The old rules still apply, but a project can additionally now be considered established if less than 90% of the units are conveyed so long as the shortage is due to the developer holding back units as rentals. Construction must be 100%, the developer’s share of the units cannot be more than 20% of the total units, the fees must be paid current on the developer-held units and there cannot be any active or pending special assessments.  

Waiver of Project Review

In overhauling their condo eligibility rules, Fannie Mae also took the chance to create a list of projects exempt from project review. Exempt from review are:

• Detached condo units – A detached condo is one that is completely free-standing and detached from other condo units in the project (including walls, ceilings, floors, breezeways or garages). These condos can be in projects made solely of detached condos or in projects with a mix of detached and attached units.

• Units in 2 to 4 unit projects – Condos in new or established projects with 2 to 4 units are exempt from project review.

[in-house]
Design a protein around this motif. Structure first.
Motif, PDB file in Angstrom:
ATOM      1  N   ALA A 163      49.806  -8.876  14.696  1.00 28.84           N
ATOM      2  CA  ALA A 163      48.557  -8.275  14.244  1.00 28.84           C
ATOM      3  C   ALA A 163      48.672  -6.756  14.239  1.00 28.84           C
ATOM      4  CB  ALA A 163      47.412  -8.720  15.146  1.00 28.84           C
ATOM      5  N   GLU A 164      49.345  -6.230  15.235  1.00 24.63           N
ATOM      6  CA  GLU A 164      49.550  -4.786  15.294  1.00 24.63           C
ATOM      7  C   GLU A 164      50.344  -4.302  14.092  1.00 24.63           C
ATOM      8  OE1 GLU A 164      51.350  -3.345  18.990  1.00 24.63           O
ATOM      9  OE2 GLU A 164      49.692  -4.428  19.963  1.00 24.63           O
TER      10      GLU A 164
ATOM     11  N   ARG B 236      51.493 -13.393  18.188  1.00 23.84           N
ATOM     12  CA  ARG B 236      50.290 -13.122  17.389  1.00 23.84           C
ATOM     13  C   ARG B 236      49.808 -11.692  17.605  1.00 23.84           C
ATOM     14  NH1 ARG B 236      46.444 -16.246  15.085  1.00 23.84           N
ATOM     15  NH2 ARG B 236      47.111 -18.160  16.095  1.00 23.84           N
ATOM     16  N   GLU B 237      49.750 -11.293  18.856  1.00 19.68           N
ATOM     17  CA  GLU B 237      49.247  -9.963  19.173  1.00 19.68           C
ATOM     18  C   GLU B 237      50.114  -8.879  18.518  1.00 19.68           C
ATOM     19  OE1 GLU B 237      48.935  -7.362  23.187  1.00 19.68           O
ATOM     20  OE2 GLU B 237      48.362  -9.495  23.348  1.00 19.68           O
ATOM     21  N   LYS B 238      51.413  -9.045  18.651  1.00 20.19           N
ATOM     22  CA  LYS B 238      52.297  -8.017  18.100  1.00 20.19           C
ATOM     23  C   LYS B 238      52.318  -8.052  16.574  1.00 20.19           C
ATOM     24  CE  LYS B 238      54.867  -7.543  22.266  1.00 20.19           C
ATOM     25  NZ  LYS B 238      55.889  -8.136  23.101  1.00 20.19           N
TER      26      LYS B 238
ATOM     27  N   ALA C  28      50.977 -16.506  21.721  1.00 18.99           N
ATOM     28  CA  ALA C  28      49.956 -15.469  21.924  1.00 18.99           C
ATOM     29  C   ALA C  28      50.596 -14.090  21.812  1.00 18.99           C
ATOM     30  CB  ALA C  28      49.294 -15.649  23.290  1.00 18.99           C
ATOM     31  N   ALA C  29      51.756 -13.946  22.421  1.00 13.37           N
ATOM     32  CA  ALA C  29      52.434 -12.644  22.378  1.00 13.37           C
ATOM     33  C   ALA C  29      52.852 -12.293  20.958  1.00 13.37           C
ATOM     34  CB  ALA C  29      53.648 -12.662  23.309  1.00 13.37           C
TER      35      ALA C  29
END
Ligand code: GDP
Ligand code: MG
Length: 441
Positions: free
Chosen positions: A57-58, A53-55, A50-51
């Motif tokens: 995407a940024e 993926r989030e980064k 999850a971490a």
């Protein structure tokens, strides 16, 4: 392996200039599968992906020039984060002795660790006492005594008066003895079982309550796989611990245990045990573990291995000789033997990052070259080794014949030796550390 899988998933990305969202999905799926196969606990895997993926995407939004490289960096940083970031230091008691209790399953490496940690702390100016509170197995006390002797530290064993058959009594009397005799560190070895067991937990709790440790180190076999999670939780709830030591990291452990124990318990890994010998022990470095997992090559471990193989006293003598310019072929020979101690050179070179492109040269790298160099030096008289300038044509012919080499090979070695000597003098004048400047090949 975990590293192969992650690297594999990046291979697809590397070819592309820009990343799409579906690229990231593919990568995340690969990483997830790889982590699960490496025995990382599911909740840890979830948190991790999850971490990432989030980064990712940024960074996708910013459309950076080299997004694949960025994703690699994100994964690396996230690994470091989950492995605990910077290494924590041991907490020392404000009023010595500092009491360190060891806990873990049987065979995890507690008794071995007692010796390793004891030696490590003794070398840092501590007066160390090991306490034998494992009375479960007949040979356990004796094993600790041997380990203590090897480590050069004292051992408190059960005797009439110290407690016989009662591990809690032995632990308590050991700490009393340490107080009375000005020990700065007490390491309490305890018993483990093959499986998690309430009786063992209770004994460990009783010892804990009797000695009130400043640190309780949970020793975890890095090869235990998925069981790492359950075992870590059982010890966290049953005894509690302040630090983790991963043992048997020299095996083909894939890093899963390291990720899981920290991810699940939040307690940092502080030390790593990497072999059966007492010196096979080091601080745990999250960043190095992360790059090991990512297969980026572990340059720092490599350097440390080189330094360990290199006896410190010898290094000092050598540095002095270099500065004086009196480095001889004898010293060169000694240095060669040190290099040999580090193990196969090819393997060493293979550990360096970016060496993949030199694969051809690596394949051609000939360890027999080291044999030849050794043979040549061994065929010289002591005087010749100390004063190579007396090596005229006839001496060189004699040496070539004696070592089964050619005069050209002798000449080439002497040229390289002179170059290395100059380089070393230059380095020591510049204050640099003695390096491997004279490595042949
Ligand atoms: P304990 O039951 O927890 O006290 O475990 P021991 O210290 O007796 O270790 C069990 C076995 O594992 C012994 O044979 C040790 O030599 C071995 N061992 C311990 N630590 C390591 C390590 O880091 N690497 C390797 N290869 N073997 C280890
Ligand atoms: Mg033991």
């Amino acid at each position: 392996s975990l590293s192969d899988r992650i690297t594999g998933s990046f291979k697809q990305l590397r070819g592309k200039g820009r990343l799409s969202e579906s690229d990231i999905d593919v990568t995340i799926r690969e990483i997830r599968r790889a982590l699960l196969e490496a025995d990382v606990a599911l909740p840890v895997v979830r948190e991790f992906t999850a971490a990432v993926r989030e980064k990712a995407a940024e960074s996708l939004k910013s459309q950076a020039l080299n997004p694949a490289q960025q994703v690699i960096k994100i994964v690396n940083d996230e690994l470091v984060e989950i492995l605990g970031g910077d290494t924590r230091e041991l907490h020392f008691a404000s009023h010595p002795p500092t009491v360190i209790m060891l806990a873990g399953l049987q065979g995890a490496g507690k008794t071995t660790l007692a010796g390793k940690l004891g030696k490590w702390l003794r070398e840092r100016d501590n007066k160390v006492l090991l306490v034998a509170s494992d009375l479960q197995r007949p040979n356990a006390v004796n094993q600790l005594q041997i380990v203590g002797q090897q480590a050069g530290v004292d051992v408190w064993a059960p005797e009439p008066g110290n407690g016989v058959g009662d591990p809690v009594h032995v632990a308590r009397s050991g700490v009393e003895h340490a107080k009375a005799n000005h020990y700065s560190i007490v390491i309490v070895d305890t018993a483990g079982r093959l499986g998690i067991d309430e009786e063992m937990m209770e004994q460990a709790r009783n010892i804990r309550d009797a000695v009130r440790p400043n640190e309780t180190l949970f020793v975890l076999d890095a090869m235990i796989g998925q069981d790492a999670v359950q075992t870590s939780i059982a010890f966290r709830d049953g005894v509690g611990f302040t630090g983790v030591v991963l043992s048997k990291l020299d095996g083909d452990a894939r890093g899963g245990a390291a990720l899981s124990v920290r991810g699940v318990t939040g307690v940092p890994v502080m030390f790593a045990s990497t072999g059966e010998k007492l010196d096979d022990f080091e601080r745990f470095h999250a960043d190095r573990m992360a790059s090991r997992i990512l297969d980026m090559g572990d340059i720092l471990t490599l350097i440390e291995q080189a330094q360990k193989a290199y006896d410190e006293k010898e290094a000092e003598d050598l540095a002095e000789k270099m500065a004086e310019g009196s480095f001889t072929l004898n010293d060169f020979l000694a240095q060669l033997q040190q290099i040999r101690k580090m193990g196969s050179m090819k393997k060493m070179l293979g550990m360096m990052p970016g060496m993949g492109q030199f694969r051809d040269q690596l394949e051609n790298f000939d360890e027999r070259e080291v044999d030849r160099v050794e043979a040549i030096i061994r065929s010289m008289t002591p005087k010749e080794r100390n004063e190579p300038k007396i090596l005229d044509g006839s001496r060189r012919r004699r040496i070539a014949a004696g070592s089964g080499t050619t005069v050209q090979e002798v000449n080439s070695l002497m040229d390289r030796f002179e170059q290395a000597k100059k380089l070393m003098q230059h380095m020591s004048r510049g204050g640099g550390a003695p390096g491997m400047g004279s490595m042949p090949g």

• Fannie to Fannie limited cash-out refi – Project review is also waived on a refinance if Fannie Mae owns the loan being refinanced, so long as there is no cash back to the borrower and loan is at or below 80% of the value of the property.

Call the condo experts at Guaranteed Rate

If you are considering purchasing a condo, please give us a call (503-799-3711) or email (juleef@rate.com). We will make sure you understand your options and secure a great loan at a low rate.

Not all applicants will be approved for financing. Receipt of application does not represent an approval for financing or interest rate guarantee. Restrictions may apply, contact Guaranteed Rate for current rates and for more information.